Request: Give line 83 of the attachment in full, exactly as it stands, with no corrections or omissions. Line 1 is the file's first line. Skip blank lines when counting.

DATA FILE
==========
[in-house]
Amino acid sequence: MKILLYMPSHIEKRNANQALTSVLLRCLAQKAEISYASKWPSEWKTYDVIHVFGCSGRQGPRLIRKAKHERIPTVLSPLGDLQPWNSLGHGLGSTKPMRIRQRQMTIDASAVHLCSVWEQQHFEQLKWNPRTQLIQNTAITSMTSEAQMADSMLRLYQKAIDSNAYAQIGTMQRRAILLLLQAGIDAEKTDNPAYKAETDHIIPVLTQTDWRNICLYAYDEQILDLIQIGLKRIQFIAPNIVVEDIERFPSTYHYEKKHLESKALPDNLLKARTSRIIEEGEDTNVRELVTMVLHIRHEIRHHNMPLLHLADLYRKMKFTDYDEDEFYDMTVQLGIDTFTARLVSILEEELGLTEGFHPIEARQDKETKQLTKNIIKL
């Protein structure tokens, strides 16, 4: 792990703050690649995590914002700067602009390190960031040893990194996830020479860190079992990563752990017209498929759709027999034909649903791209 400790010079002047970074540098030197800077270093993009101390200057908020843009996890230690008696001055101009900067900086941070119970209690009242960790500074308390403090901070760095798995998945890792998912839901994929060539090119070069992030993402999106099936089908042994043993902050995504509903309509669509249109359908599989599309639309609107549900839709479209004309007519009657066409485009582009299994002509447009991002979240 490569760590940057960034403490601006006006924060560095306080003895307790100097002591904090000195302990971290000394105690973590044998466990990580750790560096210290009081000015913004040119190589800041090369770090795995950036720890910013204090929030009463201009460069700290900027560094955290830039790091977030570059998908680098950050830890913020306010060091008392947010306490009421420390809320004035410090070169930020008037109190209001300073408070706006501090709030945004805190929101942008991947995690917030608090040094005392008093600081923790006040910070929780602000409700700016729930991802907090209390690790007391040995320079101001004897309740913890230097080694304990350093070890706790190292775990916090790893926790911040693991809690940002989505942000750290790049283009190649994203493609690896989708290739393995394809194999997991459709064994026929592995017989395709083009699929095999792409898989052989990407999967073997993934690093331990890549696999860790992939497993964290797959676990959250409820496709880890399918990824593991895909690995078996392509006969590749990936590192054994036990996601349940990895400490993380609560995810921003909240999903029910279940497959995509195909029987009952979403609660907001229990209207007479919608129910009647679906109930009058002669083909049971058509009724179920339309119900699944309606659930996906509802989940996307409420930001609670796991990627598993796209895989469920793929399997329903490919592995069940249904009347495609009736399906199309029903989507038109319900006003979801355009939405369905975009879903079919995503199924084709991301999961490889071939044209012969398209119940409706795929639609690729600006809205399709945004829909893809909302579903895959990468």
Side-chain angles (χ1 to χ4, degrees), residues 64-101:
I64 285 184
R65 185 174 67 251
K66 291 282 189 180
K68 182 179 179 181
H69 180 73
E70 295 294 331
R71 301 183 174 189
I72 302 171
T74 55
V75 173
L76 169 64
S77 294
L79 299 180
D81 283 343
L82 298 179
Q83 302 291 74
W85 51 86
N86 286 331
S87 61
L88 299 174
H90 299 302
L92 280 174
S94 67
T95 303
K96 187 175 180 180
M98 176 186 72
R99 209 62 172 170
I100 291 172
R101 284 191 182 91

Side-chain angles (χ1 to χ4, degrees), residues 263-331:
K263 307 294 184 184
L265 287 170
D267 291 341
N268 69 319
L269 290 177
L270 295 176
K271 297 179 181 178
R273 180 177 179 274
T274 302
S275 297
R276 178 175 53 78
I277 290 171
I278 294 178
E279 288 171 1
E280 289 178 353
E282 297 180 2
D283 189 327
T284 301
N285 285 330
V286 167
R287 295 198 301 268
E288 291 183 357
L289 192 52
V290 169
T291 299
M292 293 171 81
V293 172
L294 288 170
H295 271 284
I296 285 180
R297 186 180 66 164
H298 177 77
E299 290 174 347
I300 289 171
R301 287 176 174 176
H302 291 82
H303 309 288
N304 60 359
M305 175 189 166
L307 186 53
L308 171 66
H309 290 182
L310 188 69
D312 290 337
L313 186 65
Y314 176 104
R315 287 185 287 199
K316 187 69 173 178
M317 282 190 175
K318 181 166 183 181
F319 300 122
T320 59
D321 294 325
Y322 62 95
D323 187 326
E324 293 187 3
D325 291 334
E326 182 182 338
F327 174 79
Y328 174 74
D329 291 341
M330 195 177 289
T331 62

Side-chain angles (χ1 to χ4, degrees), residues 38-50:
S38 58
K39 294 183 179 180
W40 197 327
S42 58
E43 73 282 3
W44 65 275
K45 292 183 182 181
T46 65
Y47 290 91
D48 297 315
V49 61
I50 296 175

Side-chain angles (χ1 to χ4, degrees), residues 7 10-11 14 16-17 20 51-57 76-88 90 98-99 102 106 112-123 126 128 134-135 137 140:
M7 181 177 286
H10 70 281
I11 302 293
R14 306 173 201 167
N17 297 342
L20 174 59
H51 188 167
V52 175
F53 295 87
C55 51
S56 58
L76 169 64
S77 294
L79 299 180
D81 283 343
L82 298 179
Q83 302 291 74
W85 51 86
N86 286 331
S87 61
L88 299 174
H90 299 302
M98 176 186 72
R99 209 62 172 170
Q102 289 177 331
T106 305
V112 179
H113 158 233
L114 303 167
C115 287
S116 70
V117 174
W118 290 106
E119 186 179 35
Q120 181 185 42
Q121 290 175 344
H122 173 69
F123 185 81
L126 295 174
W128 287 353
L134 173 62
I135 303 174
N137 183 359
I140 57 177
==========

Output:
M317 282 190 175